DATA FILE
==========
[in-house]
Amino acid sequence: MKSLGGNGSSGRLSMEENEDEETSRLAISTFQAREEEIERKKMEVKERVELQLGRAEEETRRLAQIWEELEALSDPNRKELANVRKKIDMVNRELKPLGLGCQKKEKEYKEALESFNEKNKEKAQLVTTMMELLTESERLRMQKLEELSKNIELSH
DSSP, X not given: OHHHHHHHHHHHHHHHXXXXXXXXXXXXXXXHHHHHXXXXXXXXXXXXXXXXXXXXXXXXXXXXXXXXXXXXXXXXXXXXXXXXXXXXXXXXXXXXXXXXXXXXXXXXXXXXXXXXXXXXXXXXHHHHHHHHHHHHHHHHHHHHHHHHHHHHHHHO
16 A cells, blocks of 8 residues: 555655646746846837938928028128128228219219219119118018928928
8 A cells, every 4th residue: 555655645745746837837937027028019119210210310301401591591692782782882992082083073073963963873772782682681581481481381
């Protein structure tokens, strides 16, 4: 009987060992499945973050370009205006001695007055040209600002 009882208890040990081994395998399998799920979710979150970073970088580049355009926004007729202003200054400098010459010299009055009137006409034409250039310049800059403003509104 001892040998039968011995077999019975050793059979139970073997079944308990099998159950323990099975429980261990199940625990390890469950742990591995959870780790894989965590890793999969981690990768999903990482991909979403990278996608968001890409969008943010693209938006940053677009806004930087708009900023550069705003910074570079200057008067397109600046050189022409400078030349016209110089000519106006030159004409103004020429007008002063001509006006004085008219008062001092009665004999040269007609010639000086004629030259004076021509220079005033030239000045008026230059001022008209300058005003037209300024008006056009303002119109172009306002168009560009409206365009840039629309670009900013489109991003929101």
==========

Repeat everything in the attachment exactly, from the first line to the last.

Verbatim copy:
[in-house]
Amino acid sequence: MKSLGGNGSSGRLSMEENEDEETSRLAISTFQAREEEIERKKMEVKERVELQLGRAEEETRRLAQIWEELEALSDPNRKELANVRKKIDMVNRELKPLGLGCQKKEKEYKEALESFNEKNKEKAQLVTTMMELLTESERLRMQKLEELSKNIELSH
DSSP, X not given: OHHHHHHHHHHHHHHHXXXXXXXXXXXXXXXHHHHHXXXXXXXXXXXXXXXXXXXXXXXXXXXXXXXXXXXXXXXXXXXXXXXXXXXXXXXXXXXXXXXXXXXXXXXXXXXXXXXXXXXXXXXXHHHHHHHHHHHHHHHHHHHHHHHHHHHHHHHO
16 A cells, blocks of 8 residues: 555655646746846837938928028128128228219219219119118018928928
8 A cells, every 4th residue: 555655645745746837837937027028019119210210310301401591591692782782882992082083073073963963873772782682681581481481381
């Protein structure tokens, strides 16, 4: 009987060992499945973050370009205006001695007055040209600002 009882208890040990081994395998399998799920979710979150970073970088580049355009926004007729202003200054400098010459010299009055009137006409034409250039310049800059403003509104 001892040998039968011995077999019975050793059979139970073997079944308990099998159950323990099975429980261990199940625990390890469950742990591995959870780790894989965590890793999969981690990768999903990482991909979403990278996608968001890409969008943010693209938006940053677009806004930087708009900023550069705003910074570079200057008067397109600046050189022409400078030349016209110089000519106006030159004409103004020429007008002063001509006006004085008219008062001092009665004999040269007609010639000086004629030259004076021509220079005033030239000045008026230059001022008209300058005003037209300024008006056009303002119109172009306002168009560009409206365009840039629309670009900013489109991003929101």